about 3,800 civilian graves. These graves hold black persons who lived in Freedman's Village, a village set up in 1863 for blacks who fled from slavery. Freedman's Village grew into a bustling black community. But in 1887, the U.S. government took over Freedman's Village. It ordered all the residents to leave and paid them $75,000 in compensation for the buildings and property. In 1900, all the buildings were demolished. The exact site of the village is not presently known. It is thought to have been on the southern part of Arlington Cemetery, near the Navy Annex.
Why then are the graves of Freedman's Village residents on the northern edge of Arlington Cemetery, near Rosslyn? I suspect that the residents of Freedman's Village chose the finest location on the Arlington Estate, other than the site of the Custis-Lee Mansion, to build the most important church for the community. Near that church they built a cemetery. The finest available location on the Arlington Estate, not surprisingly, was near Rosslyn.
The Black Heritage Museum of Arlington is working to preserve and present the history of Freedman's Village and more generally the black heritage of Arlington. Mount Zion Baptist Church, Lomax African Episcopal Zion Church, and Mount Olive Baptist Church are Arlington churches with direct roots in Freedman's Village. Former residents of Freedman's Village and their descendants established the present-day Arlington neighborhoods of Arlington View, Butler-Holmes, Halls’s Hill and Nauck. Rosslyn about 1900 was a rather disreputable site of gambling houses and salons, so it did not attract respectable black neighborhoods like these. Circumstances in Rosslyn, of course, have changed greatly, and now the area attracts many groups, including highly cultured Mongolians.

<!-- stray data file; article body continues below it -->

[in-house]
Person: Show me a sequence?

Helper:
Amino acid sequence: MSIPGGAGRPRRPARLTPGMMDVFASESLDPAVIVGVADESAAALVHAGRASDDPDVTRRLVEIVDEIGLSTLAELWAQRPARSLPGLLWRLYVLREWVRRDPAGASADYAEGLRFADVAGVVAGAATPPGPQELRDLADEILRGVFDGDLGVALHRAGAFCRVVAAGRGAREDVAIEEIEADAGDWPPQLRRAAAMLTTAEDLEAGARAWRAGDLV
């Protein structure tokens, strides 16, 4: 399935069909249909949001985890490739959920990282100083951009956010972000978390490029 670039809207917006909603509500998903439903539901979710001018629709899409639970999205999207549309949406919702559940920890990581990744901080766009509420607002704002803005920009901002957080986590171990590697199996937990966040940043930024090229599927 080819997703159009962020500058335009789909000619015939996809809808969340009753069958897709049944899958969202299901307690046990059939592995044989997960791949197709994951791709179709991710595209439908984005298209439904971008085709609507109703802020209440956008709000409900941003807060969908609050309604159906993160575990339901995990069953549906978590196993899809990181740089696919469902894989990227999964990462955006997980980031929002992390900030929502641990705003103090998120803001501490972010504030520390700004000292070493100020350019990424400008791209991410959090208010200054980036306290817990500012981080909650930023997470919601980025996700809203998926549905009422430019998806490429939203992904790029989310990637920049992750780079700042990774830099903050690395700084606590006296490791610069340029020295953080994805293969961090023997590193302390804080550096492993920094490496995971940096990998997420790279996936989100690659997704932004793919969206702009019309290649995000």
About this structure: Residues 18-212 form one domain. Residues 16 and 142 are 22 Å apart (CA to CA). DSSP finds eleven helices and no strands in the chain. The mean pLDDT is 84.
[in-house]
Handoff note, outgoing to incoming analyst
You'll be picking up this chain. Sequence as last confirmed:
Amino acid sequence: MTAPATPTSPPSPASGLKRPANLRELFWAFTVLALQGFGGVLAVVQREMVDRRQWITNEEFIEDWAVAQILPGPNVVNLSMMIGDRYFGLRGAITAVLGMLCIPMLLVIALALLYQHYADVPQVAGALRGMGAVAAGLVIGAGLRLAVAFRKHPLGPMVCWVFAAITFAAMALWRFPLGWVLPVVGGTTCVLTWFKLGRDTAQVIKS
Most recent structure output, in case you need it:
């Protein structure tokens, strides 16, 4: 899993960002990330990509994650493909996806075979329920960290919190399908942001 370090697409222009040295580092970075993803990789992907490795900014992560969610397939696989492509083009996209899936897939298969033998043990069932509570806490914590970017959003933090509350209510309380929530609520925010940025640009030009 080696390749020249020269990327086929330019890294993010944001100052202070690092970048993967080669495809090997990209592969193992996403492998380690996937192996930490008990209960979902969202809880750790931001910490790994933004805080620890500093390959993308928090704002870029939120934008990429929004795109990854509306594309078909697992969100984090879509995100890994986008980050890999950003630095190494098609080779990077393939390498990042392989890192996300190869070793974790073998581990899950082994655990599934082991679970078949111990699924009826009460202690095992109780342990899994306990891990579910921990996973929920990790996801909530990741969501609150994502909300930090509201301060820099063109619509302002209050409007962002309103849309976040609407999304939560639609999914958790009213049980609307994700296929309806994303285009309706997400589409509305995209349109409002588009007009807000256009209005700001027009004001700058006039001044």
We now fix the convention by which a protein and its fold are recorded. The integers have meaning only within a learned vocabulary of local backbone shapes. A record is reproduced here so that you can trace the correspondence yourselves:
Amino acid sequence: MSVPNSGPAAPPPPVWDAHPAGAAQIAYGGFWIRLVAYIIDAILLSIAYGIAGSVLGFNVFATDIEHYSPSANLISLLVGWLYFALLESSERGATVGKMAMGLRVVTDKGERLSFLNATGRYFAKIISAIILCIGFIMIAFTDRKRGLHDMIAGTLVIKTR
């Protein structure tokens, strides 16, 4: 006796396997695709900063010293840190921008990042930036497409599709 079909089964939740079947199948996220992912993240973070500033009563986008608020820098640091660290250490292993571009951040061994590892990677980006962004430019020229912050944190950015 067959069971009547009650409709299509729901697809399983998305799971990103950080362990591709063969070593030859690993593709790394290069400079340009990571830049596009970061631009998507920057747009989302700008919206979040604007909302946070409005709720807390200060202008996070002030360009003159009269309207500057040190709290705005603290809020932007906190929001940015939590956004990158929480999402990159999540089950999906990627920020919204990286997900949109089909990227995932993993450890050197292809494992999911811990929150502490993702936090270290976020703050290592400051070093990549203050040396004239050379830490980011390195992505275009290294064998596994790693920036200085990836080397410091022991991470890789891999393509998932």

At the Black Heritage Museum booth at the Arlington County Fair, Craig Syphax told me about plans for the museum. Right now Arlington black history documents and artifacts fill a room at the Arlington Central Library. Mr. Syphax said that the Central Library will not accept any more material, but people keep bringing historical material to Black Heritage leaders. They need a place to put the collection. A museum is planned for the Naval Annex site on Columbia Pike, but when it will be built and opened is not yet known. The Black Heritage Museum is currently looking for members to work to advance the mission of the museum and financial contributions to help make it happen. Mr. Syphax did not mention his family history, but I learned from a page on the Black Heritage Museum website that he is a member of an illustrious family that has resided near Rosslyn for more than two centuries.
The black heritage of Arlington should not be unknown.
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